What could be improved?
- The heel collar and heel lock in. I’ve said it before and I’ll say it again, more is not always better when it comes to adding structure and extra foam to the heels of running shoes. Yes, it makes for a really nice and comfortable feel against your heel. The problem though is that, at least for me, the heel doesn’t lock in because of all that collar foam. Could be the width of the heel as well but I couldn’t get a solid heel lock in with this shoe.
While extremely comfortable, there is just too much collar foam and/or too wide of a heel to lock in the fit back there.
- The breathability. This is my main issue with the shoe. All of that welded synthetic material on top of the mesh upper comes at a cost. This shoe runs hot.
One area where you do get to see the upper mesh is around the heel.
- Directional lugs. The Under Armour Horizon RTT has the perfect length lugs, 5.5mm, for tackling many different types of terrain. However, for steep ascending or descending I personally prefer directional lugs that facilitate even better grip on the ups or the downs.
Great, sticky rubber and lug depth. Add a little directional action and we are in business!
When to use it?
- Cooler climates or winter use. These puppies will keep your little toes nice and toasty.
- Everyday use. If the heel works for you then at this price and comfort level it’s a great daily training option.
- Door to trail. It rides on the roads well and transitions perfectly to less demanding terrain nicely.
The Under Armour Horizon RTT is a great option in these scenarios.
How it compares:
- Nike Zoom Wildhorse 3: This has been my benchmark shoe of the past year or so. The fit of the Under Armour RTT is similar in a lot of ways except for the heel lock. Combined with the breathability concerns I have with the RTT I’ll opt for the Wildhorse 3 more often.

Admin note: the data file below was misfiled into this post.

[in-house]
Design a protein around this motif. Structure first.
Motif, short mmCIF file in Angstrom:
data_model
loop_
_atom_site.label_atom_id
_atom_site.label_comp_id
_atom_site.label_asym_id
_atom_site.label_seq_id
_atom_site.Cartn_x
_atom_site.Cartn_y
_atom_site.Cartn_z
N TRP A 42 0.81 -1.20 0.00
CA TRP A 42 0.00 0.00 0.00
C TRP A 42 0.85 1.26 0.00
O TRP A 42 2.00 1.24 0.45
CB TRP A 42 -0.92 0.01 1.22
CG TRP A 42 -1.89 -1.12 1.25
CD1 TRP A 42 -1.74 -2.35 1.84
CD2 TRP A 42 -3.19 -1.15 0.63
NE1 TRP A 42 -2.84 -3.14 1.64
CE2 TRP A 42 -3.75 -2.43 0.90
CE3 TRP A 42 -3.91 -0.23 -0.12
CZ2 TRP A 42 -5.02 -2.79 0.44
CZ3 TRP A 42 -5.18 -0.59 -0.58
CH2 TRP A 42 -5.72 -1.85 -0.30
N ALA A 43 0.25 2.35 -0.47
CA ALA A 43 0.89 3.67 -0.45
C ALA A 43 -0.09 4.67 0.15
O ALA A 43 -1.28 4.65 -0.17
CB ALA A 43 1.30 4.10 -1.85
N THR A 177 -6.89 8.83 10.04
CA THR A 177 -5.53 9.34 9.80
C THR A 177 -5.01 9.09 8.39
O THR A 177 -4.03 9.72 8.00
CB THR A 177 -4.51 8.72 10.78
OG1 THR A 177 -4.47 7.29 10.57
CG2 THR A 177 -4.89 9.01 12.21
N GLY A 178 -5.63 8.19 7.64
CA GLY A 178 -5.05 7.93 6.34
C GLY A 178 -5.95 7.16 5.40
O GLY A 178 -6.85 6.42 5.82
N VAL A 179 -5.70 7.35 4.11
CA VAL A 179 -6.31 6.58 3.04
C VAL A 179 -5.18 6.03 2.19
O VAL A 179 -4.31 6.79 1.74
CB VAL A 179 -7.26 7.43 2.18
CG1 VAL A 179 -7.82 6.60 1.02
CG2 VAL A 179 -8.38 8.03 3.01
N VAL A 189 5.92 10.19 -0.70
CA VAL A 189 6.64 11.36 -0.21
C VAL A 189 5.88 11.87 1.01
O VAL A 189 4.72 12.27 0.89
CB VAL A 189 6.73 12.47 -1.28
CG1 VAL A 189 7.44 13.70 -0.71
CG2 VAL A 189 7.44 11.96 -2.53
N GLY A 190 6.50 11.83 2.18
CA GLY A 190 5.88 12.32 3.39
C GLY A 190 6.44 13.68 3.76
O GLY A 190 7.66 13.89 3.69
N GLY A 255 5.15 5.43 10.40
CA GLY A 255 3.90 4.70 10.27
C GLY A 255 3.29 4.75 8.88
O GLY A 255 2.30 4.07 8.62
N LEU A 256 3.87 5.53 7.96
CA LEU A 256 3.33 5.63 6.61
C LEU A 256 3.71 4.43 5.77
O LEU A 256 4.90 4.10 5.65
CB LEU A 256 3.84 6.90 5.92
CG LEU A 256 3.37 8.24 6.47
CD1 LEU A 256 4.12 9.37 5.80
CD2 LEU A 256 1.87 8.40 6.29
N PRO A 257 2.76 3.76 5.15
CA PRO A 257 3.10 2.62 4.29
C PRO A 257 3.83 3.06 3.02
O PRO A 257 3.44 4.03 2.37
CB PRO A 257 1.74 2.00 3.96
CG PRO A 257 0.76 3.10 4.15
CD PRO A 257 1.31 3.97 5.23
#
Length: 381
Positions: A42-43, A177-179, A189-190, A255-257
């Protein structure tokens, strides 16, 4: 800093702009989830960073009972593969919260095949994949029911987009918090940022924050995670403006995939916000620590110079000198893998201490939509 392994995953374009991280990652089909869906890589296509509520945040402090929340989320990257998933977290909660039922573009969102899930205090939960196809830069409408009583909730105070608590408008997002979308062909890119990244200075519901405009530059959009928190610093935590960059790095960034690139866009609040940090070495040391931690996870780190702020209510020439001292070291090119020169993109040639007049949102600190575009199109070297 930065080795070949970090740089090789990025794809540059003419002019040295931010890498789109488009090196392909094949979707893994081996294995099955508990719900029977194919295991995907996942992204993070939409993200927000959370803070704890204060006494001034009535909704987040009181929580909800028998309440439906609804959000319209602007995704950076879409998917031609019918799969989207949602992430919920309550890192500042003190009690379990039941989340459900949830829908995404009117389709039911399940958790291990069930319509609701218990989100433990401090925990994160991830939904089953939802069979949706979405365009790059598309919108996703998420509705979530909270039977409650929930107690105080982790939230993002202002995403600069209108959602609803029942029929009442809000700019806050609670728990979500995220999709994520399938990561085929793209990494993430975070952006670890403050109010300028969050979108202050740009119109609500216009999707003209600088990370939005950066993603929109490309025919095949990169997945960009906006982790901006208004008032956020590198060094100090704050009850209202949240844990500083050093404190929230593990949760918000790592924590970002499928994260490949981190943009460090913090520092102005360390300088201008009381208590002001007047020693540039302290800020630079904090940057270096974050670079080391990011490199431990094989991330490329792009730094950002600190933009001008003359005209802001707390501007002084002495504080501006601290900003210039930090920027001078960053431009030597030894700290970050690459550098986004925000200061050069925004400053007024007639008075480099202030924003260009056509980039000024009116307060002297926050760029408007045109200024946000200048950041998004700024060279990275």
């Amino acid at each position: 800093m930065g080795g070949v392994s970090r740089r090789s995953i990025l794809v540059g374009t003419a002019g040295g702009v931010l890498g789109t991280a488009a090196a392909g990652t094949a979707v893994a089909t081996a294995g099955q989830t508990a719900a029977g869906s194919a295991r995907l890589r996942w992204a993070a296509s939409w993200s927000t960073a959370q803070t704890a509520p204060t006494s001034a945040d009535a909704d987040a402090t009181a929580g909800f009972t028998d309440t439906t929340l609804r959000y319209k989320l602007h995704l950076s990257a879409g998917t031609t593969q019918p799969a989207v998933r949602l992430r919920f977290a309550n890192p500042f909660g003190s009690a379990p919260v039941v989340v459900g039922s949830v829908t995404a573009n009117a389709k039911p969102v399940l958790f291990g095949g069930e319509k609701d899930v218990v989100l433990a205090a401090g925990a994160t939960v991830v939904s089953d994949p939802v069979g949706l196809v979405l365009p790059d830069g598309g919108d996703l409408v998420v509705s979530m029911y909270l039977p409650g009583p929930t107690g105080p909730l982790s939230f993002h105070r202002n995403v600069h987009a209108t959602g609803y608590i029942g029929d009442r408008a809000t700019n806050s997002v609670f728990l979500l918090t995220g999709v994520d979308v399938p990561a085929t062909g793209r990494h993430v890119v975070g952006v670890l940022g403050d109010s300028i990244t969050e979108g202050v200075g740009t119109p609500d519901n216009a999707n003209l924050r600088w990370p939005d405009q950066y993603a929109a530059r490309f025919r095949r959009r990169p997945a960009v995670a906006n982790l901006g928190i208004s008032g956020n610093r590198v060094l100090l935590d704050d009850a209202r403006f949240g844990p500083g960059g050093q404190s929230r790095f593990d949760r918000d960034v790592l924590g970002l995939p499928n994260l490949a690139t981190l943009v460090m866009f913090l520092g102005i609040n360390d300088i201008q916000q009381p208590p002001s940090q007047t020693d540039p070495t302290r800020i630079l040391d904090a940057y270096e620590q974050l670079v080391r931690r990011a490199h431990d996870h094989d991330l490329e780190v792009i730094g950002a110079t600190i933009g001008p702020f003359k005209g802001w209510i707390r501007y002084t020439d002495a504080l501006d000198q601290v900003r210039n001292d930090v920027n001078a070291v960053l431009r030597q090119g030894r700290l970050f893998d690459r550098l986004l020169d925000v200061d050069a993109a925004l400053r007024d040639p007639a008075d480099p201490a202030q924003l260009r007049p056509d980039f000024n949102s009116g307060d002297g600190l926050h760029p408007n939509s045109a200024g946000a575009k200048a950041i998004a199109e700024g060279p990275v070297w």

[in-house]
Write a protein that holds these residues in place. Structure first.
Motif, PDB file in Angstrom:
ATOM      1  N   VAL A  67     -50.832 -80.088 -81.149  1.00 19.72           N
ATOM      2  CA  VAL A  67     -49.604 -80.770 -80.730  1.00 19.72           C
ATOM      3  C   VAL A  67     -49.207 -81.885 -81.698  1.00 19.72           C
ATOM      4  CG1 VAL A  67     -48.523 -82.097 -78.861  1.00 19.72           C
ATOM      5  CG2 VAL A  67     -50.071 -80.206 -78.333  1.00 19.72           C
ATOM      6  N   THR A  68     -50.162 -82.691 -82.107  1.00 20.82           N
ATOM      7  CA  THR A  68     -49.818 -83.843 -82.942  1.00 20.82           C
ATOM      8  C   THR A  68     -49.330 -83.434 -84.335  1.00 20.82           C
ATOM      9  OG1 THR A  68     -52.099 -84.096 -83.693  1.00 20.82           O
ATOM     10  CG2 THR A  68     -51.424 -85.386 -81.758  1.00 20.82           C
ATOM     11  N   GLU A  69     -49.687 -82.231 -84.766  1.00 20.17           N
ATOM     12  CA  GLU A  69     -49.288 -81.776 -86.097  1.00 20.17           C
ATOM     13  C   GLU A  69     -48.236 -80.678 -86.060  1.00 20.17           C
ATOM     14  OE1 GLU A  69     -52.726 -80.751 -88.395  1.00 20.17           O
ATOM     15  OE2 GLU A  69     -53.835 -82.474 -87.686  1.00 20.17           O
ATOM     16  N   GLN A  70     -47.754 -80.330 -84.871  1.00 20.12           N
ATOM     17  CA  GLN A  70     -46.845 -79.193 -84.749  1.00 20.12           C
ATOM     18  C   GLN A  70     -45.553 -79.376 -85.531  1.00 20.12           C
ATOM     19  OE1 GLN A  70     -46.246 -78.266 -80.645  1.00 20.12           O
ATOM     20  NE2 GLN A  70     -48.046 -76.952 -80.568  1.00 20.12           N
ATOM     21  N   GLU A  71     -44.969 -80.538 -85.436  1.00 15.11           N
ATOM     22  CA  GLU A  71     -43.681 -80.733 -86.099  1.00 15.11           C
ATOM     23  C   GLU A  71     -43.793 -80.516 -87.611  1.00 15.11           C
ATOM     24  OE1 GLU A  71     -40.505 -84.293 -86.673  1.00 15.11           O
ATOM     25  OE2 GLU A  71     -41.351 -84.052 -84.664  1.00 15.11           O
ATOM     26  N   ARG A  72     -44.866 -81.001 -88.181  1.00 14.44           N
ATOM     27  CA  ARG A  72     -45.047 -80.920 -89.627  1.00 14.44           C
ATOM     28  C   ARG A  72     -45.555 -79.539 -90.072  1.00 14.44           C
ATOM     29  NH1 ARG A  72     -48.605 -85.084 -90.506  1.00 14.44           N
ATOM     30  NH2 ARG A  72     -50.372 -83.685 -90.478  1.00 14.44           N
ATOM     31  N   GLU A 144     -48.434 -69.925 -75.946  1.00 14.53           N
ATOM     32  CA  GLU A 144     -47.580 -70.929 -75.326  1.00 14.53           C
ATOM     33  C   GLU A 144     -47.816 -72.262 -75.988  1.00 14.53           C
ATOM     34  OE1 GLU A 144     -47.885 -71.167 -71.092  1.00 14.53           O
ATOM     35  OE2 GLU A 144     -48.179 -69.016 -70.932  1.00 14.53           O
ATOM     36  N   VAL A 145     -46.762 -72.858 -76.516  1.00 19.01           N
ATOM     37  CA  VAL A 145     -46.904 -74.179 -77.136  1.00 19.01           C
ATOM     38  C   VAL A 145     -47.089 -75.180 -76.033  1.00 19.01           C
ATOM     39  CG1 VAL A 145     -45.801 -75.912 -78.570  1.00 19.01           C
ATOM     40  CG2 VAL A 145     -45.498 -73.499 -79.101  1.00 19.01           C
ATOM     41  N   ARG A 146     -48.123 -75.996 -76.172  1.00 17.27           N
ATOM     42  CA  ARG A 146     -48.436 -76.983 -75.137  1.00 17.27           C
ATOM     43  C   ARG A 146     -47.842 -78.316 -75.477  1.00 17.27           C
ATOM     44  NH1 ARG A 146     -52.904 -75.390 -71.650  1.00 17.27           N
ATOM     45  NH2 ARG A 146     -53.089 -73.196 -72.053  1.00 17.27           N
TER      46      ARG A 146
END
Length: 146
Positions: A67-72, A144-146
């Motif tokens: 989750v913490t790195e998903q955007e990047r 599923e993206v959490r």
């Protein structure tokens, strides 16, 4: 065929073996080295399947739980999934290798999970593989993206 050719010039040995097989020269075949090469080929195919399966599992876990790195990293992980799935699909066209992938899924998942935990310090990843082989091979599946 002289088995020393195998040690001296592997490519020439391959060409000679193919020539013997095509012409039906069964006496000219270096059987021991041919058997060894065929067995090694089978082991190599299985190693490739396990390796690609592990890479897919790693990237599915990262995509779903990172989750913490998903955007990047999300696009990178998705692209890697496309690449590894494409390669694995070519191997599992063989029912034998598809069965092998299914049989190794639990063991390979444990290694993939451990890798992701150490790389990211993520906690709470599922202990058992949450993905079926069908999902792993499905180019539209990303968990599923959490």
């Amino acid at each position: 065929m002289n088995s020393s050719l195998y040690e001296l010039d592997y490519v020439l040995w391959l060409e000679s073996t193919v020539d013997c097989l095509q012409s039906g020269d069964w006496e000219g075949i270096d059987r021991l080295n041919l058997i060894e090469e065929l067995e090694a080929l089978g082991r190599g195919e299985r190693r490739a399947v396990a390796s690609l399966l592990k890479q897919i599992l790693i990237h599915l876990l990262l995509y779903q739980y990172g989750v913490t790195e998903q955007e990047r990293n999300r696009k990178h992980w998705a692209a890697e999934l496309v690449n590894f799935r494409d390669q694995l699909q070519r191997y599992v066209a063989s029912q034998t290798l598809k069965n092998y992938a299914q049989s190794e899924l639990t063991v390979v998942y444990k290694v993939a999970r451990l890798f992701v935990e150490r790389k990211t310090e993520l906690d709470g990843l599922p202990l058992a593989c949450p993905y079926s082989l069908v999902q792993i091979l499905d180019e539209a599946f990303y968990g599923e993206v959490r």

- Brooks Caldera. The Caldera is lighter, has a better mix of cushion and responsiveness, and just a better all-around better shoe in my opinion. I’ll choose the Caldera every time. Note though, the Caldera is $140 so this choice comes at a premium.
So the $110 question – should you purchase the Under Armour Horizon RTT?
In a word, possibly (or you should at least give it shot). If you find yourself in cooler climates, desiring a durable upper, and watching your pennies, this is a solid option.
Interested in learning more: Check out the UA site for specs and ordering.
Questions, comments, or feedback on this shoe? Please share! And thanks for reading!
Meet Your Reviewer: Ben Zuehlsdorf
I am an avid running shoe junkie. When I’m not smelling new shoes I’m usually running or racing around the local trails in Marin County, California or talking shop with the San Francisco Running Company community of friends. I was once a road marathoner but now have transitioned almost exclusively to the trails and racing ultras the last few years.
Disclaimer: This shoe was provided to URP/Ben for testing purposes. All words and thoughts are ours and no compensation was offered or received.